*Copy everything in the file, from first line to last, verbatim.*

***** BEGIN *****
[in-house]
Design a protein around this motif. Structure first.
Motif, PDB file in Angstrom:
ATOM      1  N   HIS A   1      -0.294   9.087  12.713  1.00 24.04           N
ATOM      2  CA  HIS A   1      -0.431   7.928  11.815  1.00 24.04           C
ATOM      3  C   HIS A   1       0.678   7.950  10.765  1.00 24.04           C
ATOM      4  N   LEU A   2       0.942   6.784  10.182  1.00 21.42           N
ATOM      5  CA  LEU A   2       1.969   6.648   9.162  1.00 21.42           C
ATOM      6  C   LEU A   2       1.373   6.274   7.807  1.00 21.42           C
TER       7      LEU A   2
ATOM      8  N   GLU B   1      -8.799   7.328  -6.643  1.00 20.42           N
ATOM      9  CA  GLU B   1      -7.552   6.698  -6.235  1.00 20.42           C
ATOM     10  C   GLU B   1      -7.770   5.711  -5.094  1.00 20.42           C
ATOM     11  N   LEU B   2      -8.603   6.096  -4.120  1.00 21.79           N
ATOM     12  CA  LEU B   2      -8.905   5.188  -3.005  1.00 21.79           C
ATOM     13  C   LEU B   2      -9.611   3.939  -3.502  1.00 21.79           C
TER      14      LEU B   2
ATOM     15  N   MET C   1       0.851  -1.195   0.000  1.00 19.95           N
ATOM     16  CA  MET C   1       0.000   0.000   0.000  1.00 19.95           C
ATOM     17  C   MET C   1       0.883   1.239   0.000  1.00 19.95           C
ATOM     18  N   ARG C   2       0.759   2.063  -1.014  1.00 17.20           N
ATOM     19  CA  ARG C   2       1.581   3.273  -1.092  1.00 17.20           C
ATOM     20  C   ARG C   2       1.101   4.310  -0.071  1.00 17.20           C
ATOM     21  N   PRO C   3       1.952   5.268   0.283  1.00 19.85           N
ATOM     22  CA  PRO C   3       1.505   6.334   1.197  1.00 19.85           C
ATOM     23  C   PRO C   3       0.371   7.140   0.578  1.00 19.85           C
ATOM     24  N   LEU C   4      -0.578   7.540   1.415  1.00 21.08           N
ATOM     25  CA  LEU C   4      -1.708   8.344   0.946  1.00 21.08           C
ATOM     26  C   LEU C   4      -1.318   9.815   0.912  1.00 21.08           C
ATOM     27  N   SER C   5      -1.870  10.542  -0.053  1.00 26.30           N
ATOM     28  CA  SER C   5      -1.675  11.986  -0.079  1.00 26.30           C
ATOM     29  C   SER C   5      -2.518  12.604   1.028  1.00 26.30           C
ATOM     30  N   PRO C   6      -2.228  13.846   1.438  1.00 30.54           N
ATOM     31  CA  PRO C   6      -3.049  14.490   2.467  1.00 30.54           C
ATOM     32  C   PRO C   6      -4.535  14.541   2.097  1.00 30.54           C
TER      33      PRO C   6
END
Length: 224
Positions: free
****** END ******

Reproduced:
[in-house]
Design a protein around this motif. Structure first.
Motif, PDB file in Angstrom:
ATOM      1  N   HIS A   1      -0.294   9.087  12.713  1.00 24.04           N
ATOM      2  CA  HIS A   1      -0.431   7.928  11.815  1.00 24.04           C
ATOM      3  C   HIS A   1       0.678   7.950  10.765  1.00 24.04           C
ATOM      4  N   LEU A   2       0.942   6.784  10.182  1.00 21.42           N
ATOM      5  CA  LEU A   2       1.969   6.648   9.162  1.00 21.42           C
ATOM      6  C   LEU A   2       1.373   6.274   7.807  1.00 21.42           C
TER       7      LEU A   2
ATOM      8  N   GLU B   1      -8.799   7.328  -6.643  1.00 20.42           N
ATOM      9  CA  GLU B   1      -7.552   6.698  -6.235  1.00 20.42           C
ATOM     10  C   GLU B   1      -7.770   5.711  -5.094  1.00 20.42           C
ATOM     11  N   LEU B   2      -8.603   6.096  -4.120  1.00 21.79           N
ATOM     12  CA  LEU B   2      -8.905   5.188  -3.005  1.00 21.79           C
ATOM     13  C   LEU B   2      -9.611   3.939  -3.502  1.00 21.79           C
TER      14      LEU B   2
ATOM     15  N   MET C   1       0.851  -1.195   0.000  1.00 19.95           N
ATOM     16  CA  MET C   1       0.000   0.000   0.000  1.00 19.95           C
ATOM     17  C   MET C   1       0.883   1.239   0.000  1.00 19.95           C
ATOM     18  N   ARG C   2       0.759   2.063  -1.014  1.00 17.20           N
ATOM     19  CA  ARG C   2       1.581   3.273  -1.092  1.00 17.20           C
ATOM     20  C   ARG C   2       1.101   4.310  -0.071  1.00 17.20           C
ATOM     21  N   PRO C   3       1.952   5.268   0.283  1.00 19.85           N
ATOM     22  CA  PRO C   3       1.505   6.334   1.197  1.00 19.85           C
ATOM     23  C   PRO C   3       0.371   7.140   0.578  1.00 19.85           C
ATOM     24  N   LEU C   4      -0.578   7.540   1.415  1.00 21.08           N
ATOM     25  CA  LEU C   4      -1.708   8.344   0.946  1.00 21.08           C
ATOM     26  C   LEU C   4      -1.318   9.815   0.912  1.00 21.08           C
ATOM     27  N   SER C   5      -1.870  10.542  -0.053  1.00 26.30           N
ATOM     28  CA  SER C   5      -1.675  11.986  -0.079  1.00 26.30           C
ATOM     29  C   SER C   5      -2.518  12.604   1.028  1.00 26.30           C
ATOM     30  N   PRO C   6      -2.228  13.846   1.438  1.00 30.54           N
ATOM     31  CA  PRO C   6      -3.049  14.490   2.467  1.00 30.54           C
ATOM     32  C   PRO C   6      -4.535  14.541   2.097  1.00 30.54           C
TER      33      PRO C   6
END
Length: 224
Positions: free